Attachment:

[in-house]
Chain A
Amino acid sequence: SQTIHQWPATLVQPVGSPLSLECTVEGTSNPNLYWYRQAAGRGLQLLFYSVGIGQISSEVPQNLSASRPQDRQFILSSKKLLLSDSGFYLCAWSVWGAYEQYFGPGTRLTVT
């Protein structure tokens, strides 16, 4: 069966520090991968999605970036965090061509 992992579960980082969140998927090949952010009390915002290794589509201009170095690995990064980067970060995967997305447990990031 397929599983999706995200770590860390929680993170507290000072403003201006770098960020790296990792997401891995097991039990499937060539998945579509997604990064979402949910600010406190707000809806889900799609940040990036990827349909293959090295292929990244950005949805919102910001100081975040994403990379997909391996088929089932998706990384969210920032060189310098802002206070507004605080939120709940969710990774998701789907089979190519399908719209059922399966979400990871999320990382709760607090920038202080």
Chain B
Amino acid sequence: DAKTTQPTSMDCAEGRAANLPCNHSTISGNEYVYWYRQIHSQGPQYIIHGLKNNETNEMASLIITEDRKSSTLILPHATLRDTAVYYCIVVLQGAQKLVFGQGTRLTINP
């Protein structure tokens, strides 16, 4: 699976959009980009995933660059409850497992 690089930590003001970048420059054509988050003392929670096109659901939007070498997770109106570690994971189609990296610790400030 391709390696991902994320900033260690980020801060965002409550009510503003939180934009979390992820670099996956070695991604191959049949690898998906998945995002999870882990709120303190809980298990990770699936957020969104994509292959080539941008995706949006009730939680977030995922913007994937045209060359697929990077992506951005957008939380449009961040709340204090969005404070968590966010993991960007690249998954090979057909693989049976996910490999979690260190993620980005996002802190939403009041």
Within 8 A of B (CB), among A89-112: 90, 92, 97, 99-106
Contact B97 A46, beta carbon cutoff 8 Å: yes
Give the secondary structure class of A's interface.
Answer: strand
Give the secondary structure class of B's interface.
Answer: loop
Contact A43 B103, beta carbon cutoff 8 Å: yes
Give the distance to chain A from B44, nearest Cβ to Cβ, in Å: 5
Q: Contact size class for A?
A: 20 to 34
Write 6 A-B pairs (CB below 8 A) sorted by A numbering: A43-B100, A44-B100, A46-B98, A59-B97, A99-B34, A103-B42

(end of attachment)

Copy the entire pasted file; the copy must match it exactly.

[in-house]
Chain A
Amino acid sequence: SQTIHQWPATLVQPVGSPLSLECTVEGTSNPNLYWYRQAAGRGLQLLFYSVGIGQISSEVPQNLSASRPQDRQFILSSKKLLLSDSGFYLCAWSVWGAYEQYFGPGTRLTVT
């Protein structure tokens, strides 16, 4: 069966520090991968999605970036965090061509 992992579960980082969140998927090949952010009390915002290794589509201009170095690995990064980067970060995967997305447990990031 397929599983999706995200770590860390929680993170507290000072403003201006770098960020790296990792997401891995097991039990499937060539998945579509997604990064979402949910600010406190707000809806889900799609940040990036990827349909293959090295292929990244950005949805919102910001100081975040994403990379997909391996088929089932998706990384969210920032060189310098802002206070507004605080939120709940969710990774998701789907089979190519399908719209059922399966979400990871999320990382709760607090920038202080």
Chain B
Amino acid sequence: DAKTTQPTSMDCAEGRAANLPCNHSTISGNEYVYWYRQIHSQGPQYIIHGLKNNETNEMASLIITEDRKSSTLILPHATLRDTAVYYCIVVLQGAQKLVFGQGTRLTINP
């Protein structure tokens, strides 16, 4: 699976959009980009995933660059409850497992 690089930590003001970048420059054509988050003392929670096109659901939007070498997770109106570690994971189609990296610790400030 391709390696991902994320900033260690980020801060965002409550009510503003939180934009979390992820670099996956070695991604191959049949690898998906998945995002999870882990709120303190809980298990990770699936957020969104994509292959080539941008995706949006009730939680977030995922913007994937045209060359697929990077992506951005957008939380449009961040709340204090969005404070968590966010993991960007690249998954090979057909693989049976996910490999979690260190993620980005996002802190939403009041």
Within 8 A of B (CB), among A89-112: 90, 92, 97, 99-106
Contact B97 A46, beta carbon cutoff 8 Å: yes
Give the secondary structure class of A's interface.
Answer: strand
Give the secondary structure class of B's interface.
Answer: loop
Contact A43 B103, beta carbon cutoff 8 Å: yes
Give the distance to chain A from B44, nearest Cβ to Cβ, in Å: 5
Q: Contact size class for A?
A: 20 to 34
Write 6 A-B pairs (CB below 8 A) sorted by A numbering: A43-B100, A44-B100, A46-B98, A59-B97, A99-B34, A103-B42